Country Overview

The West African nation of Guinea spans an area of 245,860 kilometers and shares borders with Guinea-Bissau, Senegal, and Mali in the north, and with Sierra Leone, Liberia, and Côte d’Ivoire in the south. Guinea has a population of 12.6 million, according to World Bank estimates in 2015.

Political Context

President Alpha Condé was re-elected on October 31, 2015 to a second term in the first round of the country's disputed presidential election, garnering 57% of the votes. He was sworn in on December 14, 2015, less than three weeks before Guinea was declared Ebola free. On December 26, 2015, President Condé appointed Mamady Youla as the country’s prime minister. Youla, a 54-year old economist, has worked both in the private sector and the government. The new 31-strong cabinet has seven women who have key ministerial roles in planning, finance, foreign affairs and agriculture.

The Government of Guinea is preparing a new five-year development plan, for the period 2016-2020. The plan will be the unique development document for engagement with the government and will replace the following documents: the third Poverty Reduction Strategy Paper (PRSP3) for 2013-15, the Quinquennial Plan (2011-15), and the Post-Ebola Recovery Plan (2015-17). The exercise is currently under the leadership of the new Ministry of Planning and International Cooperation.

Economic Overview

Guinea is slowly emerging from the twin shocks of Ebola and low commodity prices that adversely affected its economy in 2014 and 2015. After stagnating in 2015, gross domestic product (GDP) growth is projected at 5.2% for 2016 due to an expected increase in bauxite and gold production, and a resilient agricultural sector. Services and manufacturing continue to stagnate in the aftermath of Ebola. The International Monetary Fund’s (IMF) eighth review under the framework of the Extended Credit Facility (ECF) was successfully concluded in September 2016, a first in the country’s history, emphasizing the country’s return to sound economic management.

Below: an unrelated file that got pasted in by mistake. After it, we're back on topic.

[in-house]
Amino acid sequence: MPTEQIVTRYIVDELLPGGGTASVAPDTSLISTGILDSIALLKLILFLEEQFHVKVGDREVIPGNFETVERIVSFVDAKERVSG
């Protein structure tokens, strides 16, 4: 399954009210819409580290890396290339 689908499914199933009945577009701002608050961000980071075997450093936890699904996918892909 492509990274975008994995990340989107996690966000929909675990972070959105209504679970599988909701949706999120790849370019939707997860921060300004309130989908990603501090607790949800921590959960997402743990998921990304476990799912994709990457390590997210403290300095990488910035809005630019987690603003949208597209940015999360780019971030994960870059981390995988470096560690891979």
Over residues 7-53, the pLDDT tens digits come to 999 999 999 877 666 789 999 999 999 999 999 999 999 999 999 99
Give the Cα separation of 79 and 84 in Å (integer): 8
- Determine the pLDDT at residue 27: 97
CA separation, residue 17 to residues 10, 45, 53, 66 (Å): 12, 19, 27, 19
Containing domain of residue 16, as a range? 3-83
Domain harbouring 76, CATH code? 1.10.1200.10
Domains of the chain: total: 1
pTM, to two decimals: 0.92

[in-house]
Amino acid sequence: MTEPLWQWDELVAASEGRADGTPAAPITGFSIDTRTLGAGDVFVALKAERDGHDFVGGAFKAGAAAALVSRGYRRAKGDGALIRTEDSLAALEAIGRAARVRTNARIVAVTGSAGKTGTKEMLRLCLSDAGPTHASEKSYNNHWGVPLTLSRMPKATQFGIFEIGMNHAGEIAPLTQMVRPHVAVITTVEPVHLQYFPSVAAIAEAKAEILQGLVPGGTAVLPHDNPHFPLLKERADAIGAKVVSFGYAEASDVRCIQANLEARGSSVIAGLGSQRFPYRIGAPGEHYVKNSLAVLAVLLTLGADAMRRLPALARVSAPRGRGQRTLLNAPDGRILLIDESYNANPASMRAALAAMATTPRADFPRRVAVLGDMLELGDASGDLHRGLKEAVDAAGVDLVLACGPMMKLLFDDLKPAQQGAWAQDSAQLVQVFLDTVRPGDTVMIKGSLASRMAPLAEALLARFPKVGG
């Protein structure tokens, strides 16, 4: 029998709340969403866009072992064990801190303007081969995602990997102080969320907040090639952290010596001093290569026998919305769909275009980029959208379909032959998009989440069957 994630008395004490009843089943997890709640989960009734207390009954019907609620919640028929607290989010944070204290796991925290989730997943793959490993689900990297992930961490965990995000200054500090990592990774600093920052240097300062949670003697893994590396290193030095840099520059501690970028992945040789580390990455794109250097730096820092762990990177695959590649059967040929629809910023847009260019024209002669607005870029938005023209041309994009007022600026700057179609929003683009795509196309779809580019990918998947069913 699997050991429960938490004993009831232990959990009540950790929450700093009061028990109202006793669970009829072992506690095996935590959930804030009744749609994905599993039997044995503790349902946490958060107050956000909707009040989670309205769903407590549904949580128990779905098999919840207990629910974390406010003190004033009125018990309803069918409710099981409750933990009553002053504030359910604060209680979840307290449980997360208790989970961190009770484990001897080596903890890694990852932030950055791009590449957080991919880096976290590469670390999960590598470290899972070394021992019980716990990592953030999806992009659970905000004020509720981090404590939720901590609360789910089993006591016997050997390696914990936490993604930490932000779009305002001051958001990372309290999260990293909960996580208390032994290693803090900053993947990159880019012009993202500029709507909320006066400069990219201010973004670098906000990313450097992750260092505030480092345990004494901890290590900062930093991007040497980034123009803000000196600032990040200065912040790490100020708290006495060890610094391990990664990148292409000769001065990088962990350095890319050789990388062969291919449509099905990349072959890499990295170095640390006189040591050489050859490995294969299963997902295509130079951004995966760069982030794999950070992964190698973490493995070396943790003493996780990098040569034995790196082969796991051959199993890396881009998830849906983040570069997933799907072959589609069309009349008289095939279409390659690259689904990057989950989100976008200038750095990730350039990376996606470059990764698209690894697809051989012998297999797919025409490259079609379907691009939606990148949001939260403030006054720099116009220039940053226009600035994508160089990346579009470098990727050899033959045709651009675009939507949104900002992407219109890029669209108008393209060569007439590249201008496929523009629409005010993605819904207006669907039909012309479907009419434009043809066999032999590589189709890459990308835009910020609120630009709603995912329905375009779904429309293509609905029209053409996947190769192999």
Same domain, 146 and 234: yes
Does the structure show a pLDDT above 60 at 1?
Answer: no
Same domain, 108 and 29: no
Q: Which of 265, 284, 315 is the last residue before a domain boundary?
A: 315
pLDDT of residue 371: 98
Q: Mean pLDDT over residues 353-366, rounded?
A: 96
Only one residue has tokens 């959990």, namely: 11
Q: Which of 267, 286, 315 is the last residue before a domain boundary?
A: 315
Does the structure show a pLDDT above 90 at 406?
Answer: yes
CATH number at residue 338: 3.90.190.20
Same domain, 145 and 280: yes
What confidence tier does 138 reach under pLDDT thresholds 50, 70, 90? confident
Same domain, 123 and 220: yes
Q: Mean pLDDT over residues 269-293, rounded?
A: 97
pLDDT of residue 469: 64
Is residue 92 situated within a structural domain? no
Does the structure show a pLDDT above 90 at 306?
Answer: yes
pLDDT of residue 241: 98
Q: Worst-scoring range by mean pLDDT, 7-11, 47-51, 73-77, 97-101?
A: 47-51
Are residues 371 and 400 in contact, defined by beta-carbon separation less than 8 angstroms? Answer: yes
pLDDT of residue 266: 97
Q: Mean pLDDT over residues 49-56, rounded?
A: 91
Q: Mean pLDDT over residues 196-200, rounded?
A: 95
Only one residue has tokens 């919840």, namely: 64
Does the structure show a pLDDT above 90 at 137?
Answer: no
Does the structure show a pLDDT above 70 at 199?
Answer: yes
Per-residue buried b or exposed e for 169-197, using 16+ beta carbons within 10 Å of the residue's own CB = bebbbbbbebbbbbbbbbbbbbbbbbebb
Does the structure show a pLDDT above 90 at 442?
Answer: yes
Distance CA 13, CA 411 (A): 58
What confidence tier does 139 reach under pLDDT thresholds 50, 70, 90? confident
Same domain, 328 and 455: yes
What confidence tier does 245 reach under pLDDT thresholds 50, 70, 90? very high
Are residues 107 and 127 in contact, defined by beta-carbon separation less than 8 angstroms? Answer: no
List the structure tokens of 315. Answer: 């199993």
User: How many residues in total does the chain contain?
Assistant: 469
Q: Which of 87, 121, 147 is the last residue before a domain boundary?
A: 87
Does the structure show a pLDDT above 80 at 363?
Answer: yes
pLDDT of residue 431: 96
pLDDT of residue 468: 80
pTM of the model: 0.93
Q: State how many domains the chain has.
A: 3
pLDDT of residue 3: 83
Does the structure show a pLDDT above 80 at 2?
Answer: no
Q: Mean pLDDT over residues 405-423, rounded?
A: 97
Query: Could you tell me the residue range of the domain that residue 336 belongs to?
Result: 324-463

Guinea’s fiscal situation should improve in 2016 with a projected budget deficit of -1.3% after it deteriorated with an overall deficit estimated at 8.9% of GDP in 2015. The IMF review noted an improvement in revenue inflows, which reached 19.2% of GDP in 2016 compared to 17.2% in 2015. The revenue performance reflected a number of policy measures in 2016 coupled with a reduction in expenditures. That said, pro-poor expenditures were preserved. Current expenditure has been reduced by 2.5 percentage points of GDP compared to the estimated out-turn for 2015 (from 18.4% of GDP in 2015 to 15.6% of GDP in 2016). The inflation rate is expected to be 8.2% in 2016, the same as in 2015.  

According to a World Bank and IMF Debt Sustainability Analysis (DSA) from January 2015, Guinea continues to be assessed at a moderate risk of debt distress. Using a higher and unified discount rate of 5% (previously 3%), which was introduced in October 2013, the team found no changes in the underlying conditions. The moderate rating is based on Guinea’s vulnerability to adverse shocks to growth, exports, FDI inflows, fiscal performance, and delays in the implementation of mining projects. The World Bank and IMF teams are working closely with authorities to ensure that all new loans in 2016 and onward are contracted with a high degree of concessionality and a strong development impact.

Social Context